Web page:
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J Am Med Inform Assoc. 2016 Apr;23(e1):e2-e10. doi: 10.1093/jamia/ocv106. Epub 2015 Aug 7.

Real-time prediction of inpatient length of stay for discharge prioritization.

Author information

1
Department of Decision, Operations & Information Technologies, Robert H. Smith School of Business, 4352 Van Munching Hall, University of Maryland, College Park, MD 20742, USA sbarnes@rhsmith.umd.edu.
2
Department of Operations Integration, Johns Hopkins Health System, Baltimore, MD, USA.
3
Department of Emergency Medicine, Johns Hopkins Hospital, Baltimore, MD, USA.
4
Departments of Civil Engineering and Applied Mathematics & Statistics, Johns Hopkins Systems Institute, Johns Hopkins University, Baltimore, MD, USA.
5
Department of Emergency Medicine and Civil Engineering, Johns Hopkins Systems Institute, Johns Hopkins University, Baltimore, MD, USA.

Abstract

OBJECTIVE:

Hospitals are challenged to provide timely patient care while maintaining high resource utilization. This has prompted hospital initiatives to increase patient flow and minimize nonvalue added care time. Real-time demand capacity management (RTDC) is one such initiative whereby clinicians convene each morning to predict patients able to leave the same day and prioritize their remaining tasks for early discharge. Our objective is to automate and improve these discharge predictions by applying supervised machine learning methods to readily available health information.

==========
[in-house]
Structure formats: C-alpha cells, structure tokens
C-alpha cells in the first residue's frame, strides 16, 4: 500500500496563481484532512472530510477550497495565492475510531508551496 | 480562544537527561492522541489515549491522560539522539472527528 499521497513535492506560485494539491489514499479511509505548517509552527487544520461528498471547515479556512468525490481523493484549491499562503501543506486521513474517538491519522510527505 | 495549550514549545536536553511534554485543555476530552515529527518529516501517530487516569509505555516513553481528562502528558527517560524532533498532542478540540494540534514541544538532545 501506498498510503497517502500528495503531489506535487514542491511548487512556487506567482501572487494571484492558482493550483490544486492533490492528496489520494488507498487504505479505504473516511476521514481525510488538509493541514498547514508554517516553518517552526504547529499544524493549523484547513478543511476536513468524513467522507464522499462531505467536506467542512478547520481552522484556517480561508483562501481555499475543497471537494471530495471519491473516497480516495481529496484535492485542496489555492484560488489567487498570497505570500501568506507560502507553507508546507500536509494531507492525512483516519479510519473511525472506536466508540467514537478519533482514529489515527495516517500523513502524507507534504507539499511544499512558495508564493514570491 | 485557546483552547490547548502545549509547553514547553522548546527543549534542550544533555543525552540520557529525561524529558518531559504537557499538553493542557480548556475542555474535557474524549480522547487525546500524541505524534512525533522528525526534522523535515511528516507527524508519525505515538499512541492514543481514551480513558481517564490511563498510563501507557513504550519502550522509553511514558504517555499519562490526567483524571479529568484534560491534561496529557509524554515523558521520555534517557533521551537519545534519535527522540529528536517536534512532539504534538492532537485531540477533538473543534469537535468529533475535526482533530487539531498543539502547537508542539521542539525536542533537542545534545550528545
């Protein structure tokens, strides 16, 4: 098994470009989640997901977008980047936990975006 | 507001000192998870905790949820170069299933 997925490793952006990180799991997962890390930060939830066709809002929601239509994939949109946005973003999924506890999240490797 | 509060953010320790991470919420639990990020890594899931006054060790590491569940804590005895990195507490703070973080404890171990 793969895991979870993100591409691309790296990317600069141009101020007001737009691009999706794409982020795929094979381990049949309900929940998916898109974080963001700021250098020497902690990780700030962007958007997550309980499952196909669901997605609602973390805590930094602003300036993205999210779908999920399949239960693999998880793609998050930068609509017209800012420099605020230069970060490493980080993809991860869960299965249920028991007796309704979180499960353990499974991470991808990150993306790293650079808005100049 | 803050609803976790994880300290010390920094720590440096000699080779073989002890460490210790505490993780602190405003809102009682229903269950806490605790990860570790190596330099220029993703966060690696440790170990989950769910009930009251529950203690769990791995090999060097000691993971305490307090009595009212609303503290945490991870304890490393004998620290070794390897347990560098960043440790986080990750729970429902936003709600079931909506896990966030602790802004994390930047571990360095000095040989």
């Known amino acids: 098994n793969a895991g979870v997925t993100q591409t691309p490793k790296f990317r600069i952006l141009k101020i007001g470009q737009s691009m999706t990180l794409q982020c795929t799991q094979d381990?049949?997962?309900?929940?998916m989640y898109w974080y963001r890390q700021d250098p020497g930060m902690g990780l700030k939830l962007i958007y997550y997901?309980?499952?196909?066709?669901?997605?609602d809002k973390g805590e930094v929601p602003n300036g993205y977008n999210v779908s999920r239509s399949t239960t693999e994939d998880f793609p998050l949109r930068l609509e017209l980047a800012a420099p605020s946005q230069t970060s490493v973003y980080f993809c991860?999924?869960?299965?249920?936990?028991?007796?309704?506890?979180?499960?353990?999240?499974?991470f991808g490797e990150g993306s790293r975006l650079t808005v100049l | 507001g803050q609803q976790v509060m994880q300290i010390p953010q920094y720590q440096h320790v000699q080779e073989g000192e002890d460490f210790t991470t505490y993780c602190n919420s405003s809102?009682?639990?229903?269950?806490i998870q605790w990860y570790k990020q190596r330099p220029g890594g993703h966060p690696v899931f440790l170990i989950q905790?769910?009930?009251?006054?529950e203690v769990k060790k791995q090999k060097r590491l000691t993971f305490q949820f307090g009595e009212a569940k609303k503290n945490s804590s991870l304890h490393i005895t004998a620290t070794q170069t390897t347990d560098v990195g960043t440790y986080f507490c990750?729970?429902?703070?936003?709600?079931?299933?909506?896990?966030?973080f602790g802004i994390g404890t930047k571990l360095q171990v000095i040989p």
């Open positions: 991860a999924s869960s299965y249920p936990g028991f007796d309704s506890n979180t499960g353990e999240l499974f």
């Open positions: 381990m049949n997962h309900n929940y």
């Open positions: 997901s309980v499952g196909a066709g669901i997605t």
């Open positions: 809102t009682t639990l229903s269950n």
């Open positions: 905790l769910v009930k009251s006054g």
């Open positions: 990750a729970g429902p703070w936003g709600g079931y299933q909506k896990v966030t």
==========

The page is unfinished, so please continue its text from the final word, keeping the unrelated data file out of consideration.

MATERIALS AND METHODS:

The authors use supervised machine learning methods to predict patients' likelihood of discharge by 2 p.m. and by midnight each day for an inpatient medical unit. Using data collected over 8000 patient stays and 20 000 patient days, the predictive performance of the model is compared to clinicians using sensitivity, specificity, Youden's Index (i.e., sensitivity + specificity - 1), and aggregate accuracy measures.

RESULTS:

The model compared to clinician predictions demonstrated significantly higher sensitivity (P < .01), lower specificity (P < .01), and a comparable Youden Index (P > .10). Early discharges were less predictable than midnight discharges. The model was more accurate than clinicians in predicting the total number of daily discharges and capable of ranking patients closest to future discharge.

CONCLUSIONS:

There is potential to use readily available health information to predict daily patient discharges with accuracies comparable to clinician predictions. This approach may be used to automate and support daily RTDC predictions aimed at improving patient flow.

KEYWORDS:

length of stay; machine learning; operational forecasting; patient flow

PMID:
26253131
PMCID:
PMC4954620
DOI:
10.1093/jamia/ocv106
[Indexed for MEDLINE]
Free PMC Article

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